Europe’s Plan for Reopening Borders and Travel Within the EU
The European Commission unveils its vision for how travel and tourism within the continent can resume—just in time for summer. The first step is relaxing restrictions among countries with similar coronavirus transmission levels.
This is a developing story. For up-to-date information on traveling during the coronavirus outbreak, visit the websites of the Centers for Disease Control and Prevention and the World Health Organization.
The European Commission (EC) this week acknowledged something we’ve all been feeling acutely during these past several weeks—that everyone is going to need a break this summer.
People need “the chance to get some well-needed rest, relaxation and fresh air,” the European Commission stated in its newly released guidance on how travel can safely resume within Europe. “As soon as the health situation allows, people should be able to catch up with friends and family, in their own EU country or across borders, with all the safety and precautionary measures needed in place.”
The EC, the executive branch of the European Union (EU), on Wednesday released a road map intended to help European countries navigate the reopening of borders and tourism businesses after months of lockdown.
The measures are focused on travel within the continent—they follow a recommendation made by the same body just last week to extend the ban on nonessential travel into the European Union until June 15, 2020. The new road map comes as European countries have been taking initial steps toward easing the lockdown orders that were established to help slow the spread of the coronavirus pandemic on the continent.
The first step: ease restrictions between countries with lower transmission levels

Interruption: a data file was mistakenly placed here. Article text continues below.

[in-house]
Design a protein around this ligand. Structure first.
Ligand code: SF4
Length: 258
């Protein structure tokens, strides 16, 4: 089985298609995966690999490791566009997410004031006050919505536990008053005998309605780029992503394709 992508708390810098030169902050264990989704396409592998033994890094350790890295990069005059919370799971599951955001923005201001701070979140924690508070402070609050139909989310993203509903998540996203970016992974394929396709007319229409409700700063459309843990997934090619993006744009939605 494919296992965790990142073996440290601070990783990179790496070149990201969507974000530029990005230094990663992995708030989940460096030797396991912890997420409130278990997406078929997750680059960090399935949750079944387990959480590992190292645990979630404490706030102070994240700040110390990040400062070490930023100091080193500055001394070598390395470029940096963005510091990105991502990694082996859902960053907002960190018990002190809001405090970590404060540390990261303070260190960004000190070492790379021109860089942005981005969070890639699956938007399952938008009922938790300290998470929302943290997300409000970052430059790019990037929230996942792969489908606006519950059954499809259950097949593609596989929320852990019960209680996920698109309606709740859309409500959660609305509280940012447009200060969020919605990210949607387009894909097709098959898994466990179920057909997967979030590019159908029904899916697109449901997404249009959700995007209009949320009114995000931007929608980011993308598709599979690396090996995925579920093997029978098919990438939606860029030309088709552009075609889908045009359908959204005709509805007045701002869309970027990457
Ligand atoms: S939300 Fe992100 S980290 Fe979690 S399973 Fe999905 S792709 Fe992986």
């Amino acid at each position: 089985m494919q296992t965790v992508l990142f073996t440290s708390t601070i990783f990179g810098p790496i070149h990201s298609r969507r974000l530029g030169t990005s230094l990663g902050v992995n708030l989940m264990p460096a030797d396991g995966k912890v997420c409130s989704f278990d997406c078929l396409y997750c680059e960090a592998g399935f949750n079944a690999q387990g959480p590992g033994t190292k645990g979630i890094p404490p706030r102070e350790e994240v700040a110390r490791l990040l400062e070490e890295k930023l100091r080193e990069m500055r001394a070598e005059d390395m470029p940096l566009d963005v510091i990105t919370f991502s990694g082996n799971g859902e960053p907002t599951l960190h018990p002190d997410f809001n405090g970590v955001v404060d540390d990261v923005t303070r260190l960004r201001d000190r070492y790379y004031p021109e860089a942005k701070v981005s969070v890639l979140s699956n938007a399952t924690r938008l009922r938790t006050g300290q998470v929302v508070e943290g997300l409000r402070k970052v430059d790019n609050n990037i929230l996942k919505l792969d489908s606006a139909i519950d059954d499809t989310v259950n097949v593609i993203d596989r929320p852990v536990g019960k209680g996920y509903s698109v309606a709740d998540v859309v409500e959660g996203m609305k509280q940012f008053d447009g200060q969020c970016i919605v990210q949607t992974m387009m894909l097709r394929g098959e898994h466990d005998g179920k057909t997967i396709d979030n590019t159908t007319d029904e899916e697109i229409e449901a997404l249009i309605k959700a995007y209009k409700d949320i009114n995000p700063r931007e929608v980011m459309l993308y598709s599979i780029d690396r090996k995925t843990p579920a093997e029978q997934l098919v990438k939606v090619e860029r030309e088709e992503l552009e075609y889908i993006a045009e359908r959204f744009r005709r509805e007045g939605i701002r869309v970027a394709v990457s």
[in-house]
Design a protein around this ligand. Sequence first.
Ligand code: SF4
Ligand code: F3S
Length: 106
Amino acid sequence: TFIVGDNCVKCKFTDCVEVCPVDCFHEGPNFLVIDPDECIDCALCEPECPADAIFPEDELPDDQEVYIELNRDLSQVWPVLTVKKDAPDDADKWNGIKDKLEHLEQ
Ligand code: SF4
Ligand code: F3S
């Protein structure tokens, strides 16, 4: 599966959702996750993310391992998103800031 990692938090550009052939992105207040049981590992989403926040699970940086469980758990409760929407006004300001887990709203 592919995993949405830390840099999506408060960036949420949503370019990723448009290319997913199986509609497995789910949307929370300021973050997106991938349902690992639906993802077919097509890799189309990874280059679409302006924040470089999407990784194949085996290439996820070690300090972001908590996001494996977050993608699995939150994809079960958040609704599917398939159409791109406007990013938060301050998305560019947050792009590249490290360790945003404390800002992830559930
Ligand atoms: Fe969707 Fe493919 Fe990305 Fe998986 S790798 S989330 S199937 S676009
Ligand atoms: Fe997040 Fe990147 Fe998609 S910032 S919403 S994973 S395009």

In its most recent recommendation, the European Commission stated that in order for travel and tourism to reopen, countries must first make sure that they are prepared with adequate coronavirus testing capabilities, that they can surveil and monitor travelers (while also protecting data privacy rights), and that they have contact tracing measures in place.
The proposal offers a look at a possible path forward for a continent that, similar to the United States, has been battered not just by coronavirus cases and deaths but also by a near shutdown of one of its most important economic drivers—travel. Travel and tourism contribute to almost 10 percent of the EU’s GDP in a typical (non-COVID year) and 78 percent of the population (around 347 million Europeans) traditionally vacation in their home country or another EU country, according to the European Commission.
Thus, the Commission suggested that one of the first steps should be a lifting of restrictions at the European Union’s internal borders between countries that have similar levels of coronavirus transmissions.
“The approach must also be flexible, including the possibility to reintroduce certain measures if the epidemiological situation requires,” the European Commission warned.